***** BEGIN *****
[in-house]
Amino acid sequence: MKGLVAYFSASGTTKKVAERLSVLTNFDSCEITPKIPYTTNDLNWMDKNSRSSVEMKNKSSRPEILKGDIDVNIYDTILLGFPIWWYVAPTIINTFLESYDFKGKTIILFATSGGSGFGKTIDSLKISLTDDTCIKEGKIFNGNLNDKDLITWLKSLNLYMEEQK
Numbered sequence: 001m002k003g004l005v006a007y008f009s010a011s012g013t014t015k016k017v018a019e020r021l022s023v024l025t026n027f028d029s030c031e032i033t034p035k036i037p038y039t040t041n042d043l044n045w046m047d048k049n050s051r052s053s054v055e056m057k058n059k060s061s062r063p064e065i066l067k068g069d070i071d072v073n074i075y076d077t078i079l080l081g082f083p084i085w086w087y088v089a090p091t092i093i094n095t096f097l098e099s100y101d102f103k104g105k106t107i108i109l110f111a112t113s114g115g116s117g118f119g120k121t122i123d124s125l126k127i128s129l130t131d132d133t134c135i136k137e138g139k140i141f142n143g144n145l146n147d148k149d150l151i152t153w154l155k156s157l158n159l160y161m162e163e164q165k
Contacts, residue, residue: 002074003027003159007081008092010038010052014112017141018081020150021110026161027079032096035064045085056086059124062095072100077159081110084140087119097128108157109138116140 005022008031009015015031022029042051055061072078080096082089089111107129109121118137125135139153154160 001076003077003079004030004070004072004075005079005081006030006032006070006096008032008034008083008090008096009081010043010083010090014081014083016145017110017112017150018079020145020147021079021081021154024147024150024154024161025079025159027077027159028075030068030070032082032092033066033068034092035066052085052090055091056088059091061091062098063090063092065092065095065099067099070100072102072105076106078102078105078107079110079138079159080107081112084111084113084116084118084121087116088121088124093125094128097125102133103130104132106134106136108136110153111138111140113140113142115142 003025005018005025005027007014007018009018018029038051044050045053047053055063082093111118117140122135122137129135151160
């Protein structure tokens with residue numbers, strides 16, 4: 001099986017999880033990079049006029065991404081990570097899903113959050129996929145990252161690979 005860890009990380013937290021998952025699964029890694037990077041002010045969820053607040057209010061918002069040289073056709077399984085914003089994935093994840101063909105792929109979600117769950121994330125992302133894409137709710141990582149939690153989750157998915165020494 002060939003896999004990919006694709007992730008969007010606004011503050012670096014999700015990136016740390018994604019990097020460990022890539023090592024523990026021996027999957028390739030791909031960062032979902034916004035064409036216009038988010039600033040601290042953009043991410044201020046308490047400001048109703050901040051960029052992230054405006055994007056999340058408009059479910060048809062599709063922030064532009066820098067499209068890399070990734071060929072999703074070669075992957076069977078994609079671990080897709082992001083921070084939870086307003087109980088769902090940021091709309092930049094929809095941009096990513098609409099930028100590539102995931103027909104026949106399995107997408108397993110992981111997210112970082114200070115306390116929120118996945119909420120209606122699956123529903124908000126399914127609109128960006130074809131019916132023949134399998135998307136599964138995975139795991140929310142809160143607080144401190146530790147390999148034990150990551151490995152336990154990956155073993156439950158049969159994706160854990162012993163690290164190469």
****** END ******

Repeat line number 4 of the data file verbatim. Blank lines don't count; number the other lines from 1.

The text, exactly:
Contacts, residue, residue: 002074003027003159007081008092010038010052014112017141018081020150021110026161027079032096035064045085056086059124062095072100077159081110084140087119097128108157109138116140 005022008031009015015031022029042051055061072078080096082089089111107129109121118137125135139153154160 001076003077003079004030004070004072004075005079005081006030006032006070006096008032008034008083008090008096009081010043010083010090014081014083016145017110017112017150018079020145020147021079021081021154024147024150024154024161025079025159027077027159028075030068030070032082032092033066033068034092035066052085052090055091056088059091061091062098063090063092065092065095065099067099070100072102072105076106078102078105078107079110079138079159080107081112084111084113084116084118084121087116088121088124093125094128097125102133103130104132106134106136108136110153111138111140113140113142115142 003025005018005025005027007014007018009018018029038051044050045053047053055063082093111118117140122135122137129135151160